Eventually the former actress went public with her story. She created the Juanita Hansen Foundation to raise awareness of the dangers of drugs. Juanita was jailed in 1937 on a narcotics charge. She was cleared when she gave testimony that tablets which police found in her purse were prescribed to her for medical purposes. She went on a lecture tour, crusading against traffic in illegal drugs.

In 1938 she wrote the book, The Conspiracy of Silence, arguing that drug addicts should be sent to specialized medical institutions for treatment, instead of being sent to prison.

Juanita Hansen died in 1961 at her home in West Hollywood, California of heart failure. Her residence was 858 Hilldale Avenue. Her body was found by her maid, Pearl Edwards, who told deputy sheriffs the actress was suffering from a heart ailment. She was interred in the Holy Cross Cemetery in Culver City, California. In the years prior to her death she resided in a neighborhood only a few miles from where she once made motion pictures.

Hansen, Juanita and Preston Langley Hickey. The Conspiracy of Silence. Educational Associates. 1938.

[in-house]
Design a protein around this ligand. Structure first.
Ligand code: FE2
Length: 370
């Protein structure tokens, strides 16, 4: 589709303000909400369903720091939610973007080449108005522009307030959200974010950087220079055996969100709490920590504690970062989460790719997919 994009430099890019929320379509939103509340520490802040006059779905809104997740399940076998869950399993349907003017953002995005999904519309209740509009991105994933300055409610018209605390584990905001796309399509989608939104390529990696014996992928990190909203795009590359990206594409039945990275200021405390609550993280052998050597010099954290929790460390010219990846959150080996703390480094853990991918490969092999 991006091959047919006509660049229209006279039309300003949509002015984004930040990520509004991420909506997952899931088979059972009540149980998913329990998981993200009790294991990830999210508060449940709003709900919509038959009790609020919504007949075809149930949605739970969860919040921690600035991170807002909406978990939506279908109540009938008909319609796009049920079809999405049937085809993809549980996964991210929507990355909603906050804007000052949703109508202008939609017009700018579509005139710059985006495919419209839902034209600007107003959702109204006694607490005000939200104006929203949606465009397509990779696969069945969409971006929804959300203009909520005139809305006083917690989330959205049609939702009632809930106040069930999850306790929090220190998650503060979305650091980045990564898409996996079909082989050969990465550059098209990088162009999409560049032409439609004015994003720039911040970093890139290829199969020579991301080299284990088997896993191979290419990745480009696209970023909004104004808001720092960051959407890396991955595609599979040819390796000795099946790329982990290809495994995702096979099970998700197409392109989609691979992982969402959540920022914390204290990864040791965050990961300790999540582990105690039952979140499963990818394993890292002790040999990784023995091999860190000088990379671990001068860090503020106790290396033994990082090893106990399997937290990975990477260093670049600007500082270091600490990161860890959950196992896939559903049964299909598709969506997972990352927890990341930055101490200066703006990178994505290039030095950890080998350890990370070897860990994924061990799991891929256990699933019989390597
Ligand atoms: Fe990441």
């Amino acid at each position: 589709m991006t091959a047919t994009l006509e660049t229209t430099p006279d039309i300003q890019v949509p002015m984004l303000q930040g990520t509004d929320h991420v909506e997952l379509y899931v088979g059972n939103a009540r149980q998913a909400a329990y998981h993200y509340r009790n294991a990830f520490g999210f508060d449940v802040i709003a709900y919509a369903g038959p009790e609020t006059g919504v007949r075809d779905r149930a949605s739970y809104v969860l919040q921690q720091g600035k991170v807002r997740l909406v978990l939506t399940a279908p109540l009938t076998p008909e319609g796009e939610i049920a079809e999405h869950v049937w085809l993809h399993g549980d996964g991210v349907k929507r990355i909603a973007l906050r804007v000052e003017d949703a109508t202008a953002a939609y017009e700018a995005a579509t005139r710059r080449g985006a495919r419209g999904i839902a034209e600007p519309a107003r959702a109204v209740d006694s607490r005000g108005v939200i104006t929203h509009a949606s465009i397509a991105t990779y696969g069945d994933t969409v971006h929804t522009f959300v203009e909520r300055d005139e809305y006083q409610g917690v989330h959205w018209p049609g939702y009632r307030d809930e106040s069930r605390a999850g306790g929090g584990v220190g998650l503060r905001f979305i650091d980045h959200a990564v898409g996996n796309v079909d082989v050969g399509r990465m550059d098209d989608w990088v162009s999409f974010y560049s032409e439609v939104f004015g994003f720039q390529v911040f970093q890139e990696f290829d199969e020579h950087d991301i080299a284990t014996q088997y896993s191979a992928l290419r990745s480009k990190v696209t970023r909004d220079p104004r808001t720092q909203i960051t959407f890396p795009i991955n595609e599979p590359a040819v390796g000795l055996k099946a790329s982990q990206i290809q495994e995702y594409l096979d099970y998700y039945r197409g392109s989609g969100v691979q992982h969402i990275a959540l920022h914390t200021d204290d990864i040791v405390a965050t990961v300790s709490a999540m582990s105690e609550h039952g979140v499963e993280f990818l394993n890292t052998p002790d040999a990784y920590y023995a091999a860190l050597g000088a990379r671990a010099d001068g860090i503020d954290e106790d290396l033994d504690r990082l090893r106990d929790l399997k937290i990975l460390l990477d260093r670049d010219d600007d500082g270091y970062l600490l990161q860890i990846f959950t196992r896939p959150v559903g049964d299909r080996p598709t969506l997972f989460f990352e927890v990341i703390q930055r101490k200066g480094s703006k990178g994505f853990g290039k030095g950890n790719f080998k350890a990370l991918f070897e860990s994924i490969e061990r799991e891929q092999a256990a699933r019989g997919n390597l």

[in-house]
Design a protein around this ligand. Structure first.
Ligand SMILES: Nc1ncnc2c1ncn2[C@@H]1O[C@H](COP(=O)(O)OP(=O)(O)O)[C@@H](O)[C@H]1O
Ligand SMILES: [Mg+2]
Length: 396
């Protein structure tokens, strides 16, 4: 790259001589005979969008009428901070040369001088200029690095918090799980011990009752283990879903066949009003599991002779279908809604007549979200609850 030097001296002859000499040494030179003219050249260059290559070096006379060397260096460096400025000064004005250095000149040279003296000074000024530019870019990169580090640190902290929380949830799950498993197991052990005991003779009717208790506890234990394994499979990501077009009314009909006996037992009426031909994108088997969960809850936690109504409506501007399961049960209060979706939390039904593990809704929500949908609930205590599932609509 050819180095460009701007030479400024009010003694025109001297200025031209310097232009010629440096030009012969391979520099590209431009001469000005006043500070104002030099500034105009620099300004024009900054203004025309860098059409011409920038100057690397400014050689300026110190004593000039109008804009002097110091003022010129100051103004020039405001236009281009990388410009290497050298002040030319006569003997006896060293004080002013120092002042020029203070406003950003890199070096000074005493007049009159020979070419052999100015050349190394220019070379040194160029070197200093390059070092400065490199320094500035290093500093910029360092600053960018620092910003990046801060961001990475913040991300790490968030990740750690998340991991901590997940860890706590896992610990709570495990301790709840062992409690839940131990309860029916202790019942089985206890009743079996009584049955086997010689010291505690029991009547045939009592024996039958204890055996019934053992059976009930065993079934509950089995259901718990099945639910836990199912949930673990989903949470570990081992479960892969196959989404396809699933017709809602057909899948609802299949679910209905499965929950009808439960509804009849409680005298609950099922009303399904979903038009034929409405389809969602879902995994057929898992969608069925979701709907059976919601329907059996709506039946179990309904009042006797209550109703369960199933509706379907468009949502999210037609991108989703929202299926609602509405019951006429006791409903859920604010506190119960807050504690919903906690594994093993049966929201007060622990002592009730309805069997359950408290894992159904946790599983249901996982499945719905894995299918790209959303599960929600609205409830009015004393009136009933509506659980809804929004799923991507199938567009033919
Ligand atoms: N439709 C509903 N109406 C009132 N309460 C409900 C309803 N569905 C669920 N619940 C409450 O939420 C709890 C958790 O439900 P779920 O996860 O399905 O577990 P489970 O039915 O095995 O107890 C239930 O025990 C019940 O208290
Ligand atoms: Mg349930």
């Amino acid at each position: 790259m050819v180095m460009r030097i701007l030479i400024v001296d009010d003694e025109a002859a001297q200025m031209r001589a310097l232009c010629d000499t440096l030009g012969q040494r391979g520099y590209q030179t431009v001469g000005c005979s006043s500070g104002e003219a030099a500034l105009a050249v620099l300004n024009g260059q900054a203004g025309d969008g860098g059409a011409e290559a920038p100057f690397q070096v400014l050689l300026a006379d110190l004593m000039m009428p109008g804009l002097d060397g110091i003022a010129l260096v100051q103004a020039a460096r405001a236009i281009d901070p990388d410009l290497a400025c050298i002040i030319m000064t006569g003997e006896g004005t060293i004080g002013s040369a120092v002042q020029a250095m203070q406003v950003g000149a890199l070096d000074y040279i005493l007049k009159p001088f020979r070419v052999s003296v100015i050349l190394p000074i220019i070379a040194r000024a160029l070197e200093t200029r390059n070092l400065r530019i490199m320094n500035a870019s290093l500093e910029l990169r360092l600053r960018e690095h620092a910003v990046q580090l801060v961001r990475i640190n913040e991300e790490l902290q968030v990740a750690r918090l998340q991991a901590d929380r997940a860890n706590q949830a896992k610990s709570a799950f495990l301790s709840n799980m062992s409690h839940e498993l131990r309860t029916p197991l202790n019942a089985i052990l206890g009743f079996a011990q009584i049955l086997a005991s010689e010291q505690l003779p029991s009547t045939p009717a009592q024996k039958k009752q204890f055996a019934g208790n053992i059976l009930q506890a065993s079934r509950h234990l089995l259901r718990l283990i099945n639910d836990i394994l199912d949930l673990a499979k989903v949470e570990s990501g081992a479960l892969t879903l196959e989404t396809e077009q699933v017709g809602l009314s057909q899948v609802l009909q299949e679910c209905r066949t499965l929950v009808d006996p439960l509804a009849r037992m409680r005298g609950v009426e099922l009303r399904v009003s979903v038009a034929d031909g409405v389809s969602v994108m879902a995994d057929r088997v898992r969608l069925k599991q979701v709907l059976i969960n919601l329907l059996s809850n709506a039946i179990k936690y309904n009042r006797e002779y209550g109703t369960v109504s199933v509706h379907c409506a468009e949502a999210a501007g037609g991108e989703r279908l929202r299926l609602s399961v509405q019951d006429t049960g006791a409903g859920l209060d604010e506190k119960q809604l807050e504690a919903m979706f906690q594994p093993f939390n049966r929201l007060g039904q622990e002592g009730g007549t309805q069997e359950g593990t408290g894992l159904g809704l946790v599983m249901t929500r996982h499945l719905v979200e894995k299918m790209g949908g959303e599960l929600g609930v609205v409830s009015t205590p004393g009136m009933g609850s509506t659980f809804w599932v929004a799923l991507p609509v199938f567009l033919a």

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Inger Stevens in The Borgia Stick (1967) Don Murray & House of Cards (1968) George Peppard, Orson Welles






RARE Inger Stevens in The Borgia Stick (1967) Don Murray & House of Cards (1968) George Peppard, Orson Welles - 1 DVD

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 INGER STEVENS A Time for Killing (1967) Glenn Ford & The World, The Flesh & The Devil (1958) Harry Belafonte http://rarefilmclassics.blogspot.com/2017/05/inger-stevens-time-for-killing-1967.html


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Tuesday, May 23, 2017

INGER STEVENS A Time for Killing (1967) Glenn Ford, George Hamilton, Harrison Ford The World, The Flesh & The Devil (1958) Harry Belafonte, Mel Ferrer

 

INGER STEVENS A Time for Killing (1967) Glenn Ford, George Hamilton, Harrison Ford
The World, The Flesh & The Devil (1958) Harry Belafonte, Mel Ferrer


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Tuesday, May 16, 2017

Buy 2 DVDs, choose another as a gift!


 



 
 
 


 

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Saturday, May 6, 2017

Joan Crawford BERSERK (1967) Ty Hardin, Judy Geeson & Diana Dors




Berserk! (also known as Circus of Blood) is a 1967 British horror-thriller film starring Joan Crawford, Ty Hardin, and Judy Geeson in a macabre mother-daughter tale about a circus plagued with murders. The screenplay was written by Herman Cohen and Aben Kandel, and the film directed by Jim O'Connolly. Berserk! marks Crawford's second-to-last big-screen appearance.